The 2020 Portuguese Grand Prix perhaps stands as Tech3’s day of days in MotoGP so far, as its rider Miguel Oliveira led all 25 laps en route to an imperious win on home soil. But a swap to factory colours was Oliveira’s immediate next step – and the French team hadn’t come particularly close to recapturing the magic since.
Until now. Yes, the podium drought still goes on, but Tech3 – now in Gas Gas colours – celebrated Augusto Fernandez’s French Grand Prix fourth place like it was every bit a podium finish, in a release of emotion clearly conditioned by the fact the two previous years had brought more in the way of disappointment than happiness.
The best Tech3 finish in 2021 was a fifth place by Danilo Petrucci in the wet. The best finish in the dry that year was a seventh place by Iker Lecuona at Silverstone. Both had made way for an all-rookie line-up of Raul Fernandez and Remy Gardner in 2022, when neither Fernandez nor Gardner troubled the top 10.
The other Fernandez, Augusto, has now outscored the pair of them – combined! – just five rounds into the new season.
KTM took a significant amount of flak – also on these pages – about how it handled various aspects of its two rookies’ debuts in 2022. It looked a super-potent line-up on paper, a pair of riders who finished a runaway 1-2 in Moto2 the year prior, but the Raul Fernandez side of the equation looked doomed from the start and never un-doomed itself. The Spaniard had had his head turned by alternative suitors, handed a promotion he seemingly never wanted and then was never at ease with the KTM RC16. An unwinnable situation.
But the Gardner saga was a twistier one. Linked for a long time with KTM and quite jazzed, by all appearances, to finally represent it in MotoGP, he was well on course for a renewal – until suddenly he wasn’t. Whether he paid the price for some earnest comments to media about the RC16 that weren’t taken the right way, or KTM’s uneasy relationship with manager Paco Sanchez, or just performance, Gardner/KTM soured immediately and petered out in a bitter, sad fashion.
Both riders involved fired no shortage of parting shots towards the Austrian firm, and there was sympathy – including from Aleix Espargaro, who said: “It’s sad, really, I feel really bad for Remy. I have no explanation in his case, I don’t understand why they treated him like this. He was not that bad this year, he won the title last year, he didn’t have the best bike this year. So, what did they expect from him? To win races? I don’t understand and I feel sad for him.”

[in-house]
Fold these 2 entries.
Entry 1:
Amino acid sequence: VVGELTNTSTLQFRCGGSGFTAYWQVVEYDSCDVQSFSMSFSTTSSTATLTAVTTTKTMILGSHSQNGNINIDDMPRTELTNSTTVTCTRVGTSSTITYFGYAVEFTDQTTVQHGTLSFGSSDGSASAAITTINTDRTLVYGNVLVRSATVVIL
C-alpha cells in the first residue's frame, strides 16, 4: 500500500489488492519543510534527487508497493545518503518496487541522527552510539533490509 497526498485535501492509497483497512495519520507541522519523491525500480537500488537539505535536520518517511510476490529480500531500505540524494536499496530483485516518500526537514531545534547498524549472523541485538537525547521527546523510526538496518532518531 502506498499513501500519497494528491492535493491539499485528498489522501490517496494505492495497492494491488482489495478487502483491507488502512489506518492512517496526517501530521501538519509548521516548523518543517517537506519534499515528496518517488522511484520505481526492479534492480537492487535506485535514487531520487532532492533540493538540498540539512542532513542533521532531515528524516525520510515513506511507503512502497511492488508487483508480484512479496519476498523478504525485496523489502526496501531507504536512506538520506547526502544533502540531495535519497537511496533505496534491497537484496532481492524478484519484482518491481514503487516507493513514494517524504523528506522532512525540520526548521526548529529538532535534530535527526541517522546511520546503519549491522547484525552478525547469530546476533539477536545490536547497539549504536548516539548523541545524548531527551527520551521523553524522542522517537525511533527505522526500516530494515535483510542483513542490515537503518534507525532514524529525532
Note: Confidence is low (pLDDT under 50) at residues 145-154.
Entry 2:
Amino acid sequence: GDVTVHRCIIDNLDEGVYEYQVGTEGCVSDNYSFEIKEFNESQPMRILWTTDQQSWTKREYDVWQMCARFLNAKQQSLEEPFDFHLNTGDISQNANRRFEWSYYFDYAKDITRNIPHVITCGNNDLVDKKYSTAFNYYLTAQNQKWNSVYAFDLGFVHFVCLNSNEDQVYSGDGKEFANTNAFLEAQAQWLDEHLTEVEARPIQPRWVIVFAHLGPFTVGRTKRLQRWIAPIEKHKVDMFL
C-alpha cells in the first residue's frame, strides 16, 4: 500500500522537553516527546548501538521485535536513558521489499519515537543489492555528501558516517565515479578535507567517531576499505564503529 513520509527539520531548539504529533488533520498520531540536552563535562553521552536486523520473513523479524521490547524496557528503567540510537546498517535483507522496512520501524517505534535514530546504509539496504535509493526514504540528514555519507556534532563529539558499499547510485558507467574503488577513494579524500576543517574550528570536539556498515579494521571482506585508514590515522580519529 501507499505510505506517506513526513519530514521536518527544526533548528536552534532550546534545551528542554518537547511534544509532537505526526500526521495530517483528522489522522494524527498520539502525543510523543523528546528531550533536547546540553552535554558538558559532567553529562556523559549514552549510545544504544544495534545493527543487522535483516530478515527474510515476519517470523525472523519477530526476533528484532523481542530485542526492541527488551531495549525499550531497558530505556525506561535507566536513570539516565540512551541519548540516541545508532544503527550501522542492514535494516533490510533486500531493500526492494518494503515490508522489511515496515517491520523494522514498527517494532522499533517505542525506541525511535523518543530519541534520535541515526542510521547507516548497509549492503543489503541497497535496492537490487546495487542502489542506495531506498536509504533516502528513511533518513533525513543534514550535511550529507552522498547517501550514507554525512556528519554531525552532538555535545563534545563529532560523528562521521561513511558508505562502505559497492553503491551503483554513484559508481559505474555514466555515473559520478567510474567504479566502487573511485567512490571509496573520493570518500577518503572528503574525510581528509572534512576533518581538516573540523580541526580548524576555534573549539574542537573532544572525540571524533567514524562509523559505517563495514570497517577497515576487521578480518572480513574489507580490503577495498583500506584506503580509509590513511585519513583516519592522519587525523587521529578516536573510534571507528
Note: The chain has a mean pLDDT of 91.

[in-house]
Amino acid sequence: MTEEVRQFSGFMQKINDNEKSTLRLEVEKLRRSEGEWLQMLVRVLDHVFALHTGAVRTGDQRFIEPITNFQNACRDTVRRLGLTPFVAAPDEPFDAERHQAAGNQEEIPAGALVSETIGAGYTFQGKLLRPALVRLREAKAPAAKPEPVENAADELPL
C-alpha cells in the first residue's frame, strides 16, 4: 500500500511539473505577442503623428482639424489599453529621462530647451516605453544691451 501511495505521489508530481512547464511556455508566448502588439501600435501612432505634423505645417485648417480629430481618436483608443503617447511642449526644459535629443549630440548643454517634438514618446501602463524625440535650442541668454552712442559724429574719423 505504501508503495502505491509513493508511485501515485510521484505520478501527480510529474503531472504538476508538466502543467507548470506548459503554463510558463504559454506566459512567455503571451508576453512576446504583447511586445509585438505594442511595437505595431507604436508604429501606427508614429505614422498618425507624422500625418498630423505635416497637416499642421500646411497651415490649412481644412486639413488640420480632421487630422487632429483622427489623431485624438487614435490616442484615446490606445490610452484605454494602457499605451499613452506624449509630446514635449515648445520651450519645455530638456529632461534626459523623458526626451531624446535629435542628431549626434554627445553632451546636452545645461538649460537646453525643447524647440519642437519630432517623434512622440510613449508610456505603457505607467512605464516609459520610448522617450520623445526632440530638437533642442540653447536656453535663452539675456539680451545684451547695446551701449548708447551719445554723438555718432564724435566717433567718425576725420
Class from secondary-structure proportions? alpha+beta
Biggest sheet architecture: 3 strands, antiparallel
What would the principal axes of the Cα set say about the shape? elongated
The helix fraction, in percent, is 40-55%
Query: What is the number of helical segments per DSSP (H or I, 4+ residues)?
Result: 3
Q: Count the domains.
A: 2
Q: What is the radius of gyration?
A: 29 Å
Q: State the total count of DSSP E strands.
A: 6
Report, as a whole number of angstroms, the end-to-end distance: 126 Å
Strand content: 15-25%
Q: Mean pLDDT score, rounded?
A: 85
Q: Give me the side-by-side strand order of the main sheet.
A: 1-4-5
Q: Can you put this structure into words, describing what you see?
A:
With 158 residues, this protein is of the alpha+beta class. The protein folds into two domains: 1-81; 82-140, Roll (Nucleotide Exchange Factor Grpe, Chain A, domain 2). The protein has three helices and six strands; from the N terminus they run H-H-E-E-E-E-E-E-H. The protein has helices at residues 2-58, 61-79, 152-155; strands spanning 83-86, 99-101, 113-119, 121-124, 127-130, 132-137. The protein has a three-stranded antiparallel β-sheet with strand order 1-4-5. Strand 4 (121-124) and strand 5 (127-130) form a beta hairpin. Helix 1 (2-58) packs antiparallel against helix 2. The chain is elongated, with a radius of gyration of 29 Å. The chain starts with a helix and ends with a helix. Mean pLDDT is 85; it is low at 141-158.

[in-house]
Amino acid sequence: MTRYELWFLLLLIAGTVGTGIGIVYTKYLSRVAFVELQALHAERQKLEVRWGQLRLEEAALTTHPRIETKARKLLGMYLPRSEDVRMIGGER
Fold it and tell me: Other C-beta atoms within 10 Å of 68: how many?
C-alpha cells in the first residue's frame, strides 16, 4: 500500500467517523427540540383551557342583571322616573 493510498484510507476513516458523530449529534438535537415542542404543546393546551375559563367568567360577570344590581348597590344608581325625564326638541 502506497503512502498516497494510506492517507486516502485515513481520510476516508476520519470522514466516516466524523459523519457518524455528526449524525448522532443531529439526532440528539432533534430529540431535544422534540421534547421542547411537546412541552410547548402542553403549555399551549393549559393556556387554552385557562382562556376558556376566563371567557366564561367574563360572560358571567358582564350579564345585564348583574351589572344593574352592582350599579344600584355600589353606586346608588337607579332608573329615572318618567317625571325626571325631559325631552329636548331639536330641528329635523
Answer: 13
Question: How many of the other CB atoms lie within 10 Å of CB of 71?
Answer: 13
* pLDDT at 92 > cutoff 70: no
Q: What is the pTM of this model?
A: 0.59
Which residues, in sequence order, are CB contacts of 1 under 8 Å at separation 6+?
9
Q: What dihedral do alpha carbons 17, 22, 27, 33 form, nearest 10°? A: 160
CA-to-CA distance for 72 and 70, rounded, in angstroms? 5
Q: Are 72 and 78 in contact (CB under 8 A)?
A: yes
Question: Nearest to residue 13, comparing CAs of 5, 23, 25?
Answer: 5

Earlier this month, Espargaro was the very rider battling Augusto Fernandez for fourth place on the final laps of the French GP, and ultimately admitting defeat.
He was exuberant in his praise of the Tech3 Gas Gas rider – but also referenced what he regarded the team’s past failures with rookies.
“Augusto’s race was crazy, congratulations to him. Because it’s not just about starting in front, but he was able to overtake the KTMs and have a really solid pace.
“I was very happy for Augusto. I know how difficult it is to stay and maintain your position in this paddock, you have to fight like a lion, and he’s doing it – in a difficult, not the best situation, in a team that we know in the past what it did with rookie riders.
“So his position right now is not easy, but he still works hard and he’s the Moto2 reigning world champion, so… actually the last lap I had some opportunities to overtake him in the last split but I decided to not try, because I think the risk was too high and I didn’t want to ruin his race, because what he did today was amazing.”
Tech3 is probably quite hurt by the perception that it failed its previous two riders – you could feel that in the comments of team founder Herve Poncharal in the off-season, and you could certainly sense the relief in Augusto Fernandez proving a success in new team manager Nicolas Goyon screaming to KTM (and Gas Gas) motorsport boss Pit Beirer after the chequered flag in Le Mans: “We have the guy, we have the champion! We have the guy!”
What is certainly clear is that both Tech3 and the wider KTM/Gas Gas family love how Augusto Fernandez has gone about racing this year.